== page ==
Gangmaster loses licence after probe

A GANGMASTER has had its licence to supply workers to the agricultural industry revoked by the Government.

Danielle Nuttall

A GANGMASTER has had its licence to supply workers to the agricultural industry revoked by the Government.

Goose Recruit Ltd, based in Leiston, has been told to stop trading in the agricultural industry or face prosecution after the Gangmasters Licensing Authority (GLA) withdrew its licence.

The company specialises in providing staff to a variety of industries in and outside of East Anglia such as haulage, construction, security, industrial and environmental.

But officers from the GLA found accommodation charges to agricultural workers were unacceptably high, with attempts made to hide the charges by deducting part of the money directly from workers' bank accounts after they had been paid so the figures did not show up on wage slips.

There was also no legal system in place to provide holiday pay, staff worked excessive hours and had not taken sufficient breaks between shifts, no records of timesheets were held by the company and no arrangements were in place to identify responsibility for health and safety training.

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The company is the second in the town to have its licence revoked this year.

Vilnius Recruitment Ltd, also based in Leiston, had its licence taken away by the GLA in January.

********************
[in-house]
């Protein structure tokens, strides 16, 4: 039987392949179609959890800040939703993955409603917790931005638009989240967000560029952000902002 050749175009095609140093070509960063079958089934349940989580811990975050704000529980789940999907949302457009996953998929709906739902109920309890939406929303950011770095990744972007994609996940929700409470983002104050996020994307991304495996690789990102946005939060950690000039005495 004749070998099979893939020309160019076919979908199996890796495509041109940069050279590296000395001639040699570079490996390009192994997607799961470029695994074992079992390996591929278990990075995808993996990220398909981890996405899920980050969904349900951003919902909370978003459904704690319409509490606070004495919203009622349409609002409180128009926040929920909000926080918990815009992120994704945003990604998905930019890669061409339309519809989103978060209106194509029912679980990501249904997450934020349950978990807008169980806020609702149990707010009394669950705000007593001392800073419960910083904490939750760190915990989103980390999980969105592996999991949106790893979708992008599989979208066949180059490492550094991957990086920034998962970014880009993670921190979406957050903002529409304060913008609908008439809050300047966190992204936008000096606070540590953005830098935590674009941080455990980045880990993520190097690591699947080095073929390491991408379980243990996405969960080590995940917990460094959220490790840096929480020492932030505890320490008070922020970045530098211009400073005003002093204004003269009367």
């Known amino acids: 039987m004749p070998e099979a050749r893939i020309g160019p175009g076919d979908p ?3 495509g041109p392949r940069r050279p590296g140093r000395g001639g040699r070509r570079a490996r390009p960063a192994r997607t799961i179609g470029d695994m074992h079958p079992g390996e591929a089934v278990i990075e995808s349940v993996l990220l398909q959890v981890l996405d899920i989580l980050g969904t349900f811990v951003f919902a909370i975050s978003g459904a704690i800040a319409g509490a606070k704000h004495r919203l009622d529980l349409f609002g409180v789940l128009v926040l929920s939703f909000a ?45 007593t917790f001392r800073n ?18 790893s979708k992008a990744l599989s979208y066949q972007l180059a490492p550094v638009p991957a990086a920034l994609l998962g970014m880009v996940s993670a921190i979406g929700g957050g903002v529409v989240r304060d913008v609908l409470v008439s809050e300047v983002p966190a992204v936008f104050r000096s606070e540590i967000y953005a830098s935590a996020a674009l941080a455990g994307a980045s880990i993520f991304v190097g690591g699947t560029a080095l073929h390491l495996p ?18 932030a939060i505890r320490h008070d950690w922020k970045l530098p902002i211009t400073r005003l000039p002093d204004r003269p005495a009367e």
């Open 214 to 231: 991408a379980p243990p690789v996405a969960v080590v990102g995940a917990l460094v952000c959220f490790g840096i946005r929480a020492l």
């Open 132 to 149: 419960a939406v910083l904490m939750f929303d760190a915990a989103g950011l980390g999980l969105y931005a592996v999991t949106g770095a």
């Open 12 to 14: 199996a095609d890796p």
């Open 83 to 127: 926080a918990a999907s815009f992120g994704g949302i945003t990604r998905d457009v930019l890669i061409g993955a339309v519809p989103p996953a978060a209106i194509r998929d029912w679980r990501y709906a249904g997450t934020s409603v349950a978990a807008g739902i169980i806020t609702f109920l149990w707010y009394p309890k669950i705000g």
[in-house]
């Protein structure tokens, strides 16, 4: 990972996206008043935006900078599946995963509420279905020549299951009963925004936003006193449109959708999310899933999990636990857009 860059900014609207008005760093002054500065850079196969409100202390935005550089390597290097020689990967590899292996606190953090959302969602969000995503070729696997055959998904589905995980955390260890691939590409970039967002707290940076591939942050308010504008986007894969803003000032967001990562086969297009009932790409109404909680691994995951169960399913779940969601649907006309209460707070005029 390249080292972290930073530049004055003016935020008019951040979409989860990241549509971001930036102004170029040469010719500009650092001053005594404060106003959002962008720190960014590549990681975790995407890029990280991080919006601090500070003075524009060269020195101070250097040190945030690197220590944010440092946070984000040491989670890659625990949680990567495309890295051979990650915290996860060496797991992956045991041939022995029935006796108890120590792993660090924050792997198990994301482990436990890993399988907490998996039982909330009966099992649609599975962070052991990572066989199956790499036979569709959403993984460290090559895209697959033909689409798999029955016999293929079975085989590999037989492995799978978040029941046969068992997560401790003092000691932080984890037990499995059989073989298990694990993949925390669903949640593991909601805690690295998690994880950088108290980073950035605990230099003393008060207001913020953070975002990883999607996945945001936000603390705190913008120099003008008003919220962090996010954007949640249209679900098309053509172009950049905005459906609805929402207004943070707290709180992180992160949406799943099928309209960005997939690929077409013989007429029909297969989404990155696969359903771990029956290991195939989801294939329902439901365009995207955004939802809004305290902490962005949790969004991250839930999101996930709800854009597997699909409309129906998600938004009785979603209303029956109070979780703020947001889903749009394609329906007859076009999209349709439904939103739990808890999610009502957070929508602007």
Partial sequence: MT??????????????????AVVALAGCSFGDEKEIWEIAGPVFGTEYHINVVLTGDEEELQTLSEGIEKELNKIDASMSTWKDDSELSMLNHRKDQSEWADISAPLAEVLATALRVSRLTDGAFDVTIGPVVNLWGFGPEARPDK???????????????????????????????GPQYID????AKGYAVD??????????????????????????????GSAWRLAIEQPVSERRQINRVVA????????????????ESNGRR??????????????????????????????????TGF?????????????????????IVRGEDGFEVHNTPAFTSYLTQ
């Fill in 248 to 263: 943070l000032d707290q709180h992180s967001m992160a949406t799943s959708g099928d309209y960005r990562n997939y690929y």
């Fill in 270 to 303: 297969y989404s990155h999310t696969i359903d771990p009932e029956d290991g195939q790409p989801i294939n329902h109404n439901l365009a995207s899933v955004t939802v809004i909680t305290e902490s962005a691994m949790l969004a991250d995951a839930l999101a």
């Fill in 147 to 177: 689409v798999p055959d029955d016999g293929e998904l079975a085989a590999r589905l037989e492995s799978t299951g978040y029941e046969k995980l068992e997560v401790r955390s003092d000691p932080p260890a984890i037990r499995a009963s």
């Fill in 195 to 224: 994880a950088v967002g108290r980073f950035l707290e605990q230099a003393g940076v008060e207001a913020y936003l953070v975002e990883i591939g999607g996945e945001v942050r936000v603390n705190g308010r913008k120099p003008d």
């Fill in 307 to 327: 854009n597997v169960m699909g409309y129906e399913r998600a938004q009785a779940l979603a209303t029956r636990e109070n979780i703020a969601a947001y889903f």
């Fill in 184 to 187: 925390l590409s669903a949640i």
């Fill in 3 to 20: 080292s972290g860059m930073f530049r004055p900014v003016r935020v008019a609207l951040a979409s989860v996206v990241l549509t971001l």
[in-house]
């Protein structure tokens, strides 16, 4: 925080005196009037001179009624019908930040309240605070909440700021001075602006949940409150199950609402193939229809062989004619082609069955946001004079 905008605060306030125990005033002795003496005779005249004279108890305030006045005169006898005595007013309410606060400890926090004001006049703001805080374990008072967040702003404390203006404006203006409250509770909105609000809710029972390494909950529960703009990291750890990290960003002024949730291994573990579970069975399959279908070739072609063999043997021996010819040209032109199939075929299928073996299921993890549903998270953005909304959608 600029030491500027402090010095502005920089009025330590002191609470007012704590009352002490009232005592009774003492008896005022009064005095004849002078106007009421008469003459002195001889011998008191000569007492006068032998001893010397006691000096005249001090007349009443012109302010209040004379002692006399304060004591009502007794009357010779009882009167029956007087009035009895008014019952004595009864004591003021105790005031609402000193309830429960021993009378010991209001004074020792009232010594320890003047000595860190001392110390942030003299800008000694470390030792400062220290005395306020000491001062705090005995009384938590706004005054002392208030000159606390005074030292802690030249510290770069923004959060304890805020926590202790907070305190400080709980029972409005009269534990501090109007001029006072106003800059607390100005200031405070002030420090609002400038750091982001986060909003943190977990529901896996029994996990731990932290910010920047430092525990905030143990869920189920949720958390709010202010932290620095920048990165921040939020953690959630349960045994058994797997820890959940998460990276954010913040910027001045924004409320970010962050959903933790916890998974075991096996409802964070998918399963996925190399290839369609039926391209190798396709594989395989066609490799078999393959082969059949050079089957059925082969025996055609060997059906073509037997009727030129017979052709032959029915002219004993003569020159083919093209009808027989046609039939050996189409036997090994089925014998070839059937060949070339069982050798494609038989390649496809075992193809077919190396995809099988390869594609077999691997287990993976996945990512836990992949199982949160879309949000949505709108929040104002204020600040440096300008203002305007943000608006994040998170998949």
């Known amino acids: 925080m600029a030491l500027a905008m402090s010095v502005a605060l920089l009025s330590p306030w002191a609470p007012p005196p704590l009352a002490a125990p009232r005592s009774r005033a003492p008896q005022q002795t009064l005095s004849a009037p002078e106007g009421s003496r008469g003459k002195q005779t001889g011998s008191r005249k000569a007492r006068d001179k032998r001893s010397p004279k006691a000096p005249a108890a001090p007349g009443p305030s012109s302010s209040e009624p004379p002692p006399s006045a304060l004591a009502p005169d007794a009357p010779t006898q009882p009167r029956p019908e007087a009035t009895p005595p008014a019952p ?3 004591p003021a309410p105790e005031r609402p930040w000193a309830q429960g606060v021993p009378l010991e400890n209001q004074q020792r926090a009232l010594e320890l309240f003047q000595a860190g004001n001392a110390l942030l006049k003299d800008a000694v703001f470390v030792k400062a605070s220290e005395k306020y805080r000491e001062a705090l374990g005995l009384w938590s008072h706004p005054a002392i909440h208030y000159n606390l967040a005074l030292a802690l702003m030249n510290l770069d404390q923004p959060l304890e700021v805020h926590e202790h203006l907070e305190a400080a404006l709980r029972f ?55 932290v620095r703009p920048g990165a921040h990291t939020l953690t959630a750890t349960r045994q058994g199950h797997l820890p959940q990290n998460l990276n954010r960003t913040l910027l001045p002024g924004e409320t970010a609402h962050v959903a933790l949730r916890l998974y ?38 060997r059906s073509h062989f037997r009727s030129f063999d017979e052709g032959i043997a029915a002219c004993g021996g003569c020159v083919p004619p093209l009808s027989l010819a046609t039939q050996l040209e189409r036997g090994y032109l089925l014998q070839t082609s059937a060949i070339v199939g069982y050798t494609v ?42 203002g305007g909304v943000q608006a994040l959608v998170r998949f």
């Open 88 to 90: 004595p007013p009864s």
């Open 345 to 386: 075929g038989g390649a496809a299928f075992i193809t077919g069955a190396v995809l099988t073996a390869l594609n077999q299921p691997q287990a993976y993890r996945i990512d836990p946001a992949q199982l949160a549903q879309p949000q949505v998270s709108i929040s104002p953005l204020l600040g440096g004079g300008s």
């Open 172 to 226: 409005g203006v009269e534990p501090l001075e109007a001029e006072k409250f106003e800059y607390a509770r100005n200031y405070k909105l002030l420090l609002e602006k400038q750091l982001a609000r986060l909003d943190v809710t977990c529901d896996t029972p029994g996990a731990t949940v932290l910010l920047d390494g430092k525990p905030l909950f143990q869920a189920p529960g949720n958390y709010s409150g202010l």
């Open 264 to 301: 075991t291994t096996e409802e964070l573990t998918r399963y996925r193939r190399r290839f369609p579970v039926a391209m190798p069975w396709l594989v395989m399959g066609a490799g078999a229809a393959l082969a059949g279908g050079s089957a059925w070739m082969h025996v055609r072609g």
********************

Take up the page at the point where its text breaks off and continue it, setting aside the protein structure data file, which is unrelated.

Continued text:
When investigating Goose Recruit Ltd, GLA officers discovered the director of Vilnius Recruitment Ltd was involved in the company.

The company originally had their licence revoked in March and had 20 days to submit an appeal. As no appeal was made the licence has now been formally revoked.

Goose Recruit Ltd was contacted last night but nobody was available to comment.

The GLA was set up to stop the exploitation of workers in agriculture, horticulture, shellfish gathering and associated processing and packaging industries after the deaths of 23 Chinese cockle pickers in Morecambe Bay in 2004.

The majority of the workers involved in these industries come from countries such as Romania, Poland, Slovakia, Hungary, Bulgaria and Latvia.

Paul Whitehouse, chairman of the GLA, said: “There is no hiding place for rogue gangmasters. We will hunt them down.

“The GLA is intent on cracking down on illegal work practices in every bid to protect workers from exploitation.”

More than 1,100 gangmasters are now licensed to operate legally in the UK and the GLA has uncovered worker exploitation and illegal activity leading to the revocation of 53 licences.

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